We plan to post daily in this blog about our adventure, internet connection/phone range permitting. So friends, family, and friendly strangers please follow us on this long long walk from Mexico to Canada. What an adventure. This is a queer friendly, body positive, feminist space, so meanies please quietly excuse yourselves.

March feels like a month of goodbyes, the clock is ticking and time spent with friends, family and my lovely girlfriend Mia precious. Yesterday Harriet and I went for a drive with our dad from Healsville to Warburton via Mt Donna Buang. We went on a few short walks to Ben’s Cairn and into old growth rainforest especially to see Myrtle Beech trees, one of the few pockets of them in Victoria. They are the ultimate fairy tree and a family favourite, here are some picks. Xxooxxoo

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Regal Mountain Ash

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Harriet and the Tea Tree

AAWT Day 20 – Cleve Cole Hut to Mountain Creek Car Park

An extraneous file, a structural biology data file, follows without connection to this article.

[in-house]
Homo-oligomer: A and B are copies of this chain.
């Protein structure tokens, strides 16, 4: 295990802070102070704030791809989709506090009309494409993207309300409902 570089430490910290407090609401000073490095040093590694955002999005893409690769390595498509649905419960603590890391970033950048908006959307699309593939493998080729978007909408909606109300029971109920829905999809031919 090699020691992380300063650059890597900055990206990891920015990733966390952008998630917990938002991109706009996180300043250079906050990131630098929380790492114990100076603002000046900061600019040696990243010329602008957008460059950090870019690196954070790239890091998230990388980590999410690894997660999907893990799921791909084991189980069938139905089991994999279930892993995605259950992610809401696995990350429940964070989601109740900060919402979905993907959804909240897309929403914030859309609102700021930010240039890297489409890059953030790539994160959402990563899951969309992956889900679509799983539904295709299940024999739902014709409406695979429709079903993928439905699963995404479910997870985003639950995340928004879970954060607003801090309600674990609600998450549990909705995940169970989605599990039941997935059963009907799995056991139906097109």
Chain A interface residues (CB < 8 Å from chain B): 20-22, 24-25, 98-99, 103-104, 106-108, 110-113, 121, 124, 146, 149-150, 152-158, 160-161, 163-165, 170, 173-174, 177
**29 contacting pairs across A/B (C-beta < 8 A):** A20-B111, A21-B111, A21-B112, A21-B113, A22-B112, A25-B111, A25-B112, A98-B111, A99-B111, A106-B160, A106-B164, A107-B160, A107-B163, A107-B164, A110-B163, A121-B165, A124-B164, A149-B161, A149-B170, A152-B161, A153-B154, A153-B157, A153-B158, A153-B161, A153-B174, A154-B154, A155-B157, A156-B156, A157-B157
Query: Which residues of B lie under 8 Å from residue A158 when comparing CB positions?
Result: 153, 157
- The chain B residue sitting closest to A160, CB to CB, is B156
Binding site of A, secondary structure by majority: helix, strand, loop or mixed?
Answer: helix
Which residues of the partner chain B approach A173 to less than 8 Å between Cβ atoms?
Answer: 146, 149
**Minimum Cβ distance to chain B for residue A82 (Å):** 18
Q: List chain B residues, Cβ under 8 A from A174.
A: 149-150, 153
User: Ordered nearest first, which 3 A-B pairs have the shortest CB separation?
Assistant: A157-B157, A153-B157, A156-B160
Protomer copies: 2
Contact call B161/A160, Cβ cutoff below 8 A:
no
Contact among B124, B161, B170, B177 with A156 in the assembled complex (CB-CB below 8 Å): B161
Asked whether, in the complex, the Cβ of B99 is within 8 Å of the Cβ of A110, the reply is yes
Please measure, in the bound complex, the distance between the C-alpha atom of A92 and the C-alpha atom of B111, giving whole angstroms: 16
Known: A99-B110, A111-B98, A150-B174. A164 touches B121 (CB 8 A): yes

I am writing this 2 days after returning to the city and I still feel weird and removed from this life, but this feeling is lessening every day.

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Gang at Cleve Cole, Photo friendly hiker

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Gang chilling on the summit, Photo Meg Wettenhall

With the promise of a pub lunch we were all pretty eager to get going, yet the whole 1500m descent was still bittersweet as we watched the foliage change from alpine to planes one last time. My hopes of the cloud clearing overnight did not come true and we walked up the final 200m climb to the summit of Mt Bogong in wild winds and swirling mist that wasn’t quite rain but managed to sneak under our collars and into our raincoats. Reminding us of our time on the Main Range but not as extreme, we were all pretty relaxed and took selfies in the terrible weather. I was secretly disappointed as the last two times I was on Bogong I was in similar weather. We passed Hells Gap and were reasonably well protected but as we approached the Staircase Spur turnoff the wind practically pushed us off the mountain.